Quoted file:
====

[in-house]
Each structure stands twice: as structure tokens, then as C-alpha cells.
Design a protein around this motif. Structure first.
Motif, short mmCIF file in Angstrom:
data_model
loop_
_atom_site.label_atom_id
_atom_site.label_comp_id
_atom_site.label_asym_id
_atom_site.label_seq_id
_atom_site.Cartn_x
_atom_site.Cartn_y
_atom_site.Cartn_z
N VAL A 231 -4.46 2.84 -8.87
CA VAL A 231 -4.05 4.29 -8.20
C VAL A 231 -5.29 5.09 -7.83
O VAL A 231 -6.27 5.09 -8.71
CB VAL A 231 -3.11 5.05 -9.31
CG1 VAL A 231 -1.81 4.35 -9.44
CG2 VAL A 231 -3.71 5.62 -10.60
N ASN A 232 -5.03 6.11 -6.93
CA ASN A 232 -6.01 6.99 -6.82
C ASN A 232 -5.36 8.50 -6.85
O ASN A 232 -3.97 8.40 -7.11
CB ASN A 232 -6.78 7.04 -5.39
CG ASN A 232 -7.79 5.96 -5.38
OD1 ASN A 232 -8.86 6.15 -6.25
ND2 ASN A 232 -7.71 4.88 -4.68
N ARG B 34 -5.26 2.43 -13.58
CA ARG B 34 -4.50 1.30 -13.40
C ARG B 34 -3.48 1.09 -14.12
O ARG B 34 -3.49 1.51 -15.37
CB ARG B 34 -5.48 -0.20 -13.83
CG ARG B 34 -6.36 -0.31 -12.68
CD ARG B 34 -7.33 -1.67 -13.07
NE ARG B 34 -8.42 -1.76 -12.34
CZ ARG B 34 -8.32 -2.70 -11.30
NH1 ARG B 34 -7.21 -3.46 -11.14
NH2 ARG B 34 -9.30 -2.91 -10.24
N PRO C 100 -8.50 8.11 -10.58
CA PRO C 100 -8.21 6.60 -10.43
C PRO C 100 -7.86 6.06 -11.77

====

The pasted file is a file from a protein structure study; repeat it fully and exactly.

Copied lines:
[in-house]
Each structure stands twice: as structure tokens, then as C-alpha cells.
Design a protein around this motif. Structure first.
Motif, short mmCIF file in Angstrom:
data_model
loop_
_atom_site.label_atom_id
_atom_site.label_comp_id
_atom_site.label_asym_id
_atom_site.label_seq_id
_atom_site.Cartn_x
_atom_site.Cartn_y
_atom_site.Cartn_z
N VAL A 231 -4.46 2.84 -8.87
CA VAL A 231 -4.05 4.29 -8.20
C VAL A 231 -5.29 5.09 -7.83
O VAL A 231 -6.27 5.09 -8.71
CB VAL A 231 -3.11 5.05 -9.31
CG1 VAL A 231 -1.81 4.35 -9.44
CG2 VAL A 231 -3.71 5.62 -10.60
N ASN A 232 -5.03 6.11 -6.93
CA ASN A 232 -6.01 6.99 -6.82
C ASN A 232 -5.36 8.50 -6.85
O ASN A 232 -3.97 8.40 -7.11
CB ASN A 232 -6.78 7.04 -5.39
CG ASN A 232 -7.79 5.96 -5.38
OD1 ASN A 232 -8.86 6.15 -6.25
ND2 ASN A 232 -7.71 4.88 -4.68
N ARG B 34 -5.26 2.43 -13.58
CA ARG B 34 -4.50 1.30 -13.40
C ARG B 34 -3.48 1.09 -14.12
O ARG B 34 -3.49 1.51 -15.37
CB ARG B 34 -5.48 -0.20 -13.83
CG ARG B 34 -6.36 -0.31 -12.68
CD ARG B 34 -7.33 -1.67 -13.07
NE ARG B 34 -8.42 -1.76 -12.34
CZ ARG B 34 -8.32 -2.70 -11.30
NH1 ARG B 34 -7.21 -3.46 -11.14
NH2 ARG B 34 -9.30 -2.91 -10.24
N PRO C 100 -8.50 8.11 -10.58
CA PRO C 100 -8.21 6.60 -10.43
C PRO C 100 -7.86 6.06 -11.77